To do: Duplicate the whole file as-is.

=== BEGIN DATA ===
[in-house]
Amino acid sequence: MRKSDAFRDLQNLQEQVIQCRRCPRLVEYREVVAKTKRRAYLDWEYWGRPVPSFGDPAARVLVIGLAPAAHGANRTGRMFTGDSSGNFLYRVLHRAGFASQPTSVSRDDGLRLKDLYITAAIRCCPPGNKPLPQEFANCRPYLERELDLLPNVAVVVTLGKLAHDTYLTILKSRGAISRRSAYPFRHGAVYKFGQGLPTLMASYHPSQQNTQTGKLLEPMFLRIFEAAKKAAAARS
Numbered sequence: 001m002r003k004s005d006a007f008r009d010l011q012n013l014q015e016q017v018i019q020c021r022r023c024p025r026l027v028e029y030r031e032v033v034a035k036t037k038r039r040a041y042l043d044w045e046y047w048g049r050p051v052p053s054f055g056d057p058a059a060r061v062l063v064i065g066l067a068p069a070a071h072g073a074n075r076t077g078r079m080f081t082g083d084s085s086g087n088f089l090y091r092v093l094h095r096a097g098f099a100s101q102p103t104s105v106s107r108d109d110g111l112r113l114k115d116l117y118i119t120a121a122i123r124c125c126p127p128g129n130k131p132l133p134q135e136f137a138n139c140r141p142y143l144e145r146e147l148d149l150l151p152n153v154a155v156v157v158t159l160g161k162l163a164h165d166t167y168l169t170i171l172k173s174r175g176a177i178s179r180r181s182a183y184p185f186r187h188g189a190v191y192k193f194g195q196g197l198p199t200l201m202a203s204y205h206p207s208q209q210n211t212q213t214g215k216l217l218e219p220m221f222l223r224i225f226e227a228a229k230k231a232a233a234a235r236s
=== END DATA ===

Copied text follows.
[in-house]
Amino acid sequence: MRKSDAFRDLQNLQEQVIQCRRCPRLVEYREVVAKTKRRAYLDWEYWGRPVPSFGDPAARVLVIGLAPAAHGANRTGRMFTGDSSGNFLYRVLHRAGFASQPTSVSRDDGLRLKDLYITAAIRCCPPGNKPLPQEFANCRPYLERELDLLPNVAVVVTLGKLAHDTYLTILKSRGAISRRSAYPFRHGAVYKFGQGLPTLMASYHPSQQNTQTGKLLEPMFLRIFEAAKKAAAARS
Numbered sequence: 001m002r003k004s005d006a007f008r009d010l011q012n013l014q015e016q017v018i019q020c021r022r023c024p025r026l027v028e029y030r031e032v033v034a035k036t037k038r039r040a041y042l043d044w045e046y047w048g049r050p051v052p053s054f055g056d057p058a059a060r061v062l063v064i065g066l067a068p069a070a071h072g073a074n075r076t077g078r079m080f081t082g083d084s085s086g087n088f089l090y091r092v093l094h095r096a097g098f099a100s101q102p103t104s105v106s107r108d109d110g111l112r113l114k115d116l117y118i119t120a121a122i123r124c125c126p127p128g129n130k131p132l133p134q135e136f137a138n139c140r141p142y143l144e145r146e147l148d149l150l151p152n153v154a155v156v157v158t159l160g161k162l163a164h165d166t167y168l169t170i171l172k173s174r175g176a177i178s179r180r181s182a183y184p185f186r187h188g189a190v191y192k193f194g195q196g197l198p199t200l201m202a203s204y205h206p207s208q209q210n211t212q213t214g215k216l217l218e219p220m221f222l223r224i225f226e227a228a229k230k231a232a233a234a235r236s